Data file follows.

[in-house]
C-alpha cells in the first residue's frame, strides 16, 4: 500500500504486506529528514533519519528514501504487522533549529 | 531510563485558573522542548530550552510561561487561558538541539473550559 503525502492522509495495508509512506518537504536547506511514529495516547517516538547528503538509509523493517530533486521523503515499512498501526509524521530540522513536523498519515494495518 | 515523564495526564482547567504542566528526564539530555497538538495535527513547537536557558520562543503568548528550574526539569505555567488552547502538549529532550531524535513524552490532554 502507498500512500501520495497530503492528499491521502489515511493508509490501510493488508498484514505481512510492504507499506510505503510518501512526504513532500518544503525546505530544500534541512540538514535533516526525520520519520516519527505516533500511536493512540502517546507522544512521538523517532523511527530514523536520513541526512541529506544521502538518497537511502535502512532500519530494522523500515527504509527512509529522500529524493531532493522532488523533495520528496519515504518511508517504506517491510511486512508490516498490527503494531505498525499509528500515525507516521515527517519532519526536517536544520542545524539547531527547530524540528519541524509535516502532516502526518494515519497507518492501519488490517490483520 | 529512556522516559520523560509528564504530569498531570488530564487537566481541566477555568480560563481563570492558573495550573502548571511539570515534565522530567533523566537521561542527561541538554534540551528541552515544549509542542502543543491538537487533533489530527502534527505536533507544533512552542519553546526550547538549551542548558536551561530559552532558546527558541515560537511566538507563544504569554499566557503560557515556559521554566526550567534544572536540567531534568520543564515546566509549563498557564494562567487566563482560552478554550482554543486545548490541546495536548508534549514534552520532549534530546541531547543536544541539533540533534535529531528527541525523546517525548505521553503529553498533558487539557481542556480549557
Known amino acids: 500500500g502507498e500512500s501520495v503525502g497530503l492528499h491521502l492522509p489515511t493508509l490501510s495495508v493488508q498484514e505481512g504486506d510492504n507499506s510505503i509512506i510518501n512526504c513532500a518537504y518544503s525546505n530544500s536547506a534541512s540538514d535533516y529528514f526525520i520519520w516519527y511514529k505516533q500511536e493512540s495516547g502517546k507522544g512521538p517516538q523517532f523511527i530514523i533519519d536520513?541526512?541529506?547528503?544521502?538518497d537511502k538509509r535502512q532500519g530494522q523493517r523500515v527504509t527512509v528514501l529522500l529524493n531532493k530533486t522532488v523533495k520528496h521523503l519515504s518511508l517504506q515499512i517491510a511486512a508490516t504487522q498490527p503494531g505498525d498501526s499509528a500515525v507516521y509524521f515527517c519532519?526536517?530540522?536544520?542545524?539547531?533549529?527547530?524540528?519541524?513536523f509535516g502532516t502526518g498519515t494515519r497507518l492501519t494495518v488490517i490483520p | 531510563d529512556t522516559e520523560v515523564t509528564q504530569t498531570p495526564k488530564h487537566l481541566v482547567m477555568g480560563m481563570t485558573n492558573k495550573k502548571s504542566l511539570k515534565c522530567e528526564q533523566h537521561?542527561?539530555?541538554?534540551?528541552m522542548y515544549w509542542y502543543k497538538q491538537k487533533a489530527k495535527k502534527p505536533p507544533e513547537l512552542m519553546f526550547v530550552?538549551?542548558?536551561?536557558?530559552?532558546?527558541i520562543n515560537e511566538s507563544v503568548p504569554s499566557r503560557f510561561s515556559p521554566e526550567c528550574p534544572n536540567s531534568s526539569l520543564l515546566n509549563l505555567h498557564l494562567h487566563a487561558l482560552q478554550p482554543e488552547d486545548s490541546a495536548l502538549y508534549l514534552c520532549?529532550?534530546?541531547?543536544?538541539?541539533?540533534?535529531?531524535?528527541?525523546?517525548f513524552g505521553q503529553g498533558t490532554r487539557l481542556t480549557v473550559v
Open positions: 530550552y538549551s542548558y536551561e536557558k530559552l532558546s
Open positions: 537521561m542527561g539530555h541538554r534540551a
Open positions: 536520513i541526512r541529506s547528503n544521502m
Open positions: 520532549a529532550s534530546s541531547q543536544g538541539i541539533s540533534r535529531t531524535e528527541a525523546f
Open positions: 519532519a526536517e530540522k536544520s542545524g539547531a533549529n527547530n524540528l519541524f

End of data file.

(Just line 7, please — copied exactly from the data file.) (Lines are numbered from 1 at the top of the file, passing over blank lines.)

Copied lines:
Open positions: 520532549a529532550s534530546s541531547q543536544g538541539i541539533s540533534r535529531t531524535e528527541a525523546f